After the success of her English-set Wyckerly Trilogy, Patricia Gaffney returns to the "civilized world" of turn-of-the-century America with a story as wonderful and enlightening as anything she has ever written.

Like Tarzan and The Jungle Book, Ms. Gaffney has taken the tale of a boy raised in the wild and has added her special touch. He is brought to America from the Canadian wilderness to be studied and taught by the world-renowned anthropologist Dr. Darrow. But it's Darrow's daughter, Sydney, who learns the most from the handsome "lost man."

Raised by a pack of wolves after being lost as a child, the "lost man" does not speak, though he begins to recall the language and some of the rules of civilization. It is Sydney and her little brother, Samuel, who enable the man to remember his name, Michael, and to begin communicating.

As Michael relearns to speak and read, Sydney learns the true depth of love, compassion and goodness. Through Michael's eyes, she regains her sense of wonder and joy in the world and in the power of love.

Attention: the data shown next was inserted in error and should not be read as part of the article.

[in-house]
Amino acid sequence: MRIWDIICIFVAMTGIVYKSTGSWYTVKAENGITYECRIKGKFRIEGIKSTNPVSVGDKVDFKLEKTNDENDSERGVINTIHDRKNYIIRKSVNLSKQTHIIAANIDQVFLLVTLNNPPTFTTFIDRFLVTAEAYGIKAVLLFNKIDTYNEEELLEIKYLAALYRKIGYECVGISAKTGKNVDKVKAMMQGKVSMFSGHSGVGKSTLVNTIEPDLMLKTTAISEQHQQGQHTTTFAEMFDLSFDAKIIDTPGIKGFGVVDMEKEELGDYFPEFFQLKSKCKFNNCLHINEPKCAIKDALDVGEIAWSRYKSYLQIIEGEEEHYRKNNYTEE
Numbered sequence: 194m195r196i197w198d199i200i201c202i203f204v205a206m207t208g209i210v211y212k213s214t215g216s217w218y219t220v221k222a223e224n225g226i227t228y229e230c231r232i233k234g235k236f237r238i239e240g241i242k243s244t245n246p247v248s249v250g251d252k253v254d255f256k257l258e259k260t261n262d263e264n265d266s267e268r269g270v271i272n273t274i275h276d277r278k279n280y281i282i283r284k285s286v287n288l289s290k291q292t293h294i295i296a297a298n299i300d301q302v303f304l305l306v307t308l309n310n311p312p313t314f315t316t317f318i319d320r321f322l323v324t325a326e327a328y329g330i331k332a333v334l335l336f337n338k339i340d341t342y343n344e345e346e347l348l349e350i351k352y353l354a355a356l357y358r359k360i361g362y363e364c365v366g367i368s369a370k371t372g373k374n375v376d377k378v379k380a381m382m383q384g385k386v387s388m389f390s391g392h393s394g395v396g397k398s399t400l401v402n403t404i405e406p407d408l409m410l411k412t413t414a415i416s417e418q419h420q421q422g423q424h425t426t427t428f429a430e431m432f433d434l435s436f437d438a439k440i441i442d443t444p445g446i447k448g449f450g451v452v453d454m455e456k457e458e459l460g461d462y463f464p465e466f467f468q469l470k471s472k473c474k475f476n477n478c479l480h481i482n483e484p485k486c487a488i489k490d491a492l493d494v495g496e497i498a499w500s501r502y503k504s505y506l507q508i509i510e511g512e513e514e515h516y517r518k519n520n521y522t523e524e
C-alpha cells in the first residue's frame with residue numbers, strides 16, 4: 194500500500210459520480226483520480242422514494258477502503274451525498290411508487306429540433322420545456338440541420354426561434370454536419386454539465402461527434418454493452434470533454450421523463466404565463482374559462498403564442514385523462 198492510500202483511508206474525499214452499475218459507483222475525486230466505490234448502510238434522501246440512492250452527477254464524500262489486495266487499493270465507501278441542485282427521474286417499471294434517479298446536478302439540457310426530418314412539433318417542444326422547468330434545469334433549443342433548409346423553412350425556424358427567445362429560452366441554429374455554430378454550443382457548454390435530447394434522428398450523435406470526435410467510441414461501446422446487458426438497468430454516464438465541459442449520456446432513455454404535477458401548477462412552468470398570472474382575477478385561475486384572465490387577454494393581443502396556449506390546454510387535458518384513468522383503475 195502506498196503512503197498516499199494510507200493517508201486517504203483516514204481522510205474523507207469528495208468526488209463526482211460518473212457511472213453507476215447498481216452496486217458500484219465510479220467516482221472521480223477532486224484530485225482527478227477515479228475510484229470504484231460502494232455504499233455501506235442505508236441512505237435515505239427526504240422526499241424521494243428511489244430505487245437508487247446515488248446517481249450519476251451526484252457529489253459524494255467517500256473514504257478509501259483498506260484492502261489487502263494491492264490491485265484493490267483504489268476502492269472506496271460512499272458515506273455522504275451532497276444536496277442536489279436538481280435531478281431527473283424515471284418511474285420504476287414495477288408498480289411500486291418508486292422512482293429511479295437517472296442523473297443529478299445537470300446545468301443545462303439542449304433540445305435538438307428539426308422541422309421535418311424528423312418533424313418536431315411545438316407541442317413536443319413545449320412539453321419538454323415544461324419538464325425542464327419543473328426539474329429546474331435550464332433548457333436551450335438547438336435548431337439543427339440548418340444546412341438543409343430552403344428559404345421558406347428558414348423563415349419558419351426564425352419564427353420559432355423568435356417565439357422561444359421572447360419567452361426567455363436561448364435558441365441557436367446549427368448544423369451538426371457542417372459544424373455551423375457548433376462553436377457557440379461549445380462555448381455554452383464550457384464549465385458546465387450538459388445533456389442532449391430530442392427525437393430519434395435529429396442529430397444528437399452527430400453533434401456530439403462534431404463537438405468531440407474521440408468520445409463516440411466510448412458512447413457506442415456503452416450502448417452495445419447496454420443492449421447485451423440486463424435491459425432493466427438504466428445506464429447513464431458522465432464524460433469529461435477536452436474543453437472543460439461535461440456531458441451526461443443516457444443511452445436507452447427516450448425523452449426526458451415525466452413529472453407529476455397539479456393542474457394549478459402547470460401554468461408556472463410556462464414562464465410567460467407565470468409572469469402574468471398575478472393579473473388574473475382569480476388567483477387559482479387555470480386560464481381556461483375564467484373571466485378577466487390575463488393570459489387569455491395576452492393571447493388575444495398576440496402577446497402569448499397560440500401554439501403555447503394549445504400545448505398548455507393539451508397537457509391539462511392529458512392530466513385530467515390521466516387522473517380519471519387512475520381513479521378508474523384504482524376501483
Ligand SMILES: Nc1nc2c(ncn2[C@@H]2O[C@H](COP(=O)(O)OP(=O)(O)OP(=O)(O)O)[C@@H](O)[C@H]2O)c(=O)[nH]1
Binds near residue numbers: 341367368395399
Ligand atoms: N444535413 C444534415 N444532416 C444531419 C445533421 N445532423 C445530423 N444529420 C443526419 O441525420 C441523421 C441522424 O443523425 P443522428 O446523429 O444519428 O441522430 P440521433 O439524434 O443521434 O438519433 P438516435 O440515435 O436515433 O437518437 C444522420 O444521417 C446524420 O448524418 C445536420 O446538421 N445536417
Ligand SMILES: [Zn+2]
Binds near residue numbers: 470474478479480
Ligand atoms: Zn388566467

When Michael takes it upon himself to release some animals from the Chicago Zoo, Sydney risks much to save him from the consequences and to uncover the mystery of his past.

Readers will discover a glorious world with Michael and Sydney; a world of intense love and emotions where Michael represents all that is good and innocent while he brings others a renewed sense of the simple pleasures in our world. Ms. Gaffney once more stretches the boundaries of the genre as only a premier writer can do. SENSUAL (Jan., 362 pp , $5.99)

Reviewed by: 
Kathe Robin